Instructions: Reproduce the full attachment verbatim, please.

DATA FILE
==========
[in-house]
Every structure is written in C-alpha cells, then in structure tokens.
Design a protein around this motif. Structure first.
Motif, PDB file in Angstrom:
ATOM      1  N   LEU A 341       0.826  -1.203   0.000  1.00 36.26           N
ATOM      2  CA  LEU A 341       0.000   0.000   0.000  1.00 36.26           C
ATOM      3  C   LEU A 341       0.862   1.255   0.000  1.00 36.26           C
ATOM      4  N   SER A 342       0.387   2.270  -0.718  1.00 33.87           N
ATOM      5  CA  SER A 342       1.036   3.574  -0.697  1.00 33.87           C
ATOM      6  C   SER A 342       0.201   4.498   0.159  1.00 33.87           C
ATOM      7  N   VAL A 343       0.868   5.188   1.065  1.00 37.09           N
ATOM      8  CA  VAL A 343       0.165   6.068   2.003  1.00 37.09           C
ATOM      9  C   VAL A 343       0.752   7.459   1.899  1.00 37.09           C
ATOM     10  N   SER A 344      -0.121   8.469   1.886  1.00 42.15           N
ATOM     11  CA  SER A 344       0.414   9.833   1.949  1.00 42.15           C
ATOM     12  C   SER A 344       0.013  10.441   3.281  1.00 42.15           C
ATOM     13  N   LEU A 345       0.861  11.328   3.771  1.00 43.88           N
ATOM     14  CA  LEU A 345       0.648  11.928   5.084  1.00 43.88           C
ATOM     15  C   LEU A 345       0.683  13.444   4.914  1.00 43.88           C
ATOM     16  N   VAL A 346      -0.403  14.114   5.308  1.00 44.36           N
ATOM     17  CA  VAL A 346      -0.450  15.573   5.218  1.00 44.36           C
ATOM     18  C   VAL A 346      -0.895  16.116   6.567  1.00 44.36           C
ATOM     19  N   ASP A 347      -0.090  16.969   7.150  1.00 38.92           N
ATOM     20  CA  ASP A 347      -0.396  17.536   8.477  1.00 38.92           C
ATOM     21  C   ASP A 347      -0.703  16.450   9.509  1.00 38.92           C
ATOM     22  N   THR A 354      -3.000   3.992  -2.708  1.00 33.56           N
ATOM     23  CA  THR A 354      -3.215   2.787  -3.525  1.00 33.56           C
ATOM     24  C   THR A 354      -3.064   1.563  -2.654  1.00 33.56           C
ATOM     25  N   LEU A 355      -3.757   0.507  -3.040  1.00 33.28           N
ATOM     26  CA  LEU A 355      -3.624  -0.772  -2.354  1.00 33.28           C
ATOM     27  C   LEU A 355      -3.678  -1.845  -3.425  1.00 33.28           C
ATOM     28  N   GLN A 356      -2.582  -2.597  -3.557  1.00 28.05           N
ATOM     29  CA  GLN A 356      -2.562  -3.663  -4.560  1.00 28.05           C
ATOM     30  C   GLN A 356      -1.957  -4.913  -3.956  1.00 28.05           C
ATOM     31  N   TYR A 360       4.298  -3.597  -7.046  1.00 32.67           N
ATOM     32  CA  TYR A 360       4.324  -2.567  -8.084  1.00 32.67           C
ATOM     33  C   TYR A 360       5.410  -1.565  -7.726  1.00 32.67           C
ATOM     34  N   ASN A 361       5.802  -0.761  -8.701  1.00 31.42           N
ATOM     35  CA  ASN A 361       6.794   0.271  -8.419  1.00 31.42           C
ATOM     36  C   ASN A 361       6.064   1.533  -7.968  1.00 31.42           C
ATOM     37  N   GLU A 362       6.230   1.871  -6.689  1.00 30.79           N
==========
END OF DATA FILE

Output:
[in-house]
Every structure is written in C-alpha cells, then in structure tokens.
Design a protein around this motif. Structure first.
Motif, PDB file in Angstrom:
ATOM      1  N   LEU A 341       0.826  -1.203   0.000  1.00 36.26           N
ATOM      2  CA  LEU A 341       0.000   0.000   0.000  1.00 36.26           C
ATOM      3  C   LEU A 341       0.862   1.255   0.000  1.00 36.26           C
ATOM      4  N   SER A 342       0.387   2.270  -0.718  1.00 33.87           N
ATOM      5  CA  SER A 342       1.036   3.574  -0.697  1.00 33.87           C
ATOM      6  C   SER A 342       0.201   4.498   0.159  1.00 33.87           C
ATOM      7  N   VAL A 343       0.868   5.188   1.065  1.00 37.09           N
ATOM      8  CA  VAL A 343       0.165   6.068   2.003  1.00 37.09           C
ATOM      9  C   VAL A 343       0.752   7.459   1.899  1.00 37.09           C
ATOM     10  N   SER A 344      -0.121   8.469   1.886  1.00 42.15           N
ATOM     11  CA  SER A 344       0.414   9.833   1.949  1.00 42.15           C
ATOM     12  C   SER A 344       0.013  10.441   3.281  1.00 42.15           C
ATOM     13  N   LEU A 345       0.861  11.328   3.771  1.00 43.88           N
ATOM     14  CA  LEU A 345       0.648  11.928   5.084  1.00 43.88           C
ATOM     15  C   LEU A 345       0.683  13.444   4.914  1.00 43.88           C
ATOM     16  N   VAL A 346      -0.403  14.114   5.308  1.00 44.36           N
ATOM     17  CA  VAL A 346      -0.450  15.573   5.218  1.00 44.36           C
ATOM     18  C   VAL A 346      -0.895  16.116   6.567  1.00 44.36           C
ATOM     19  N   ASP A 347      -0.090  16.969   7.150  1.00 38.92           N
ATOM     20  CA  ASP A 347      -0.396  17.536   8.477  1.00 38.92           C
ATOM     21  C   ASP A 347      -0.703  16.450   9.509  1.00 38.92           C
ATOM     22  N   THR A 354      -3.000   3.992  -2.708  1.00 33.56           N
ATOM     23  CA  THR A 354      -3.215   2.787  -3.525  1.00 33.56           C
ATOM     24  C   THR A 354      -3.064   1.563  -2.654  1.00 33.56           C
ATOM     25  N   LEU A 355      -3.757   0.507  -3.040  1.00 33.28           N
ATOM     26  CA  LEU A 355      -3.624  -0.772  -2.354  1.00 33.28           C
ATOM     27  C   LEU A 355      -3.678  -1.845  -3.425  1.00 33.28           C
ATOM     28  N   GLN A 356      -2.582  -2.597  -3.557  1.00 28.05           N
ATOM     29  CA  GLN A 356      -2.562  -3.663  -4.560  1.00 28.05           C
ATOM     30  C   GLN A 356      -1.957  -4.913  -3.956  1.00 28.05           C
ATOM     31  N   TYR A 360       4.298  -3.597  -7.046  1.00 32.67           N
ATOM     32  CA  TYR A 360       4.324  -2.567  -8.084  1.00 32.67           C
ATOM     33  C   TYR A 360       5.410  -1.565  -7.726  1.00 32.67           C
ATOM     34  N   ASN A 361       5.802  -0.761  -8.701  1.00 31.42           N
ATOM     35  CA  ASN A 361       6.794   0.271  -8.419  1.00 31.42           C
ATOM     36  C   ASN A 361       6.064   1.533  -7.968  1.00 31.42           C
ATOM     37  N   GLU A 362       6.230   1.871  -6.689  1.00 30.79           N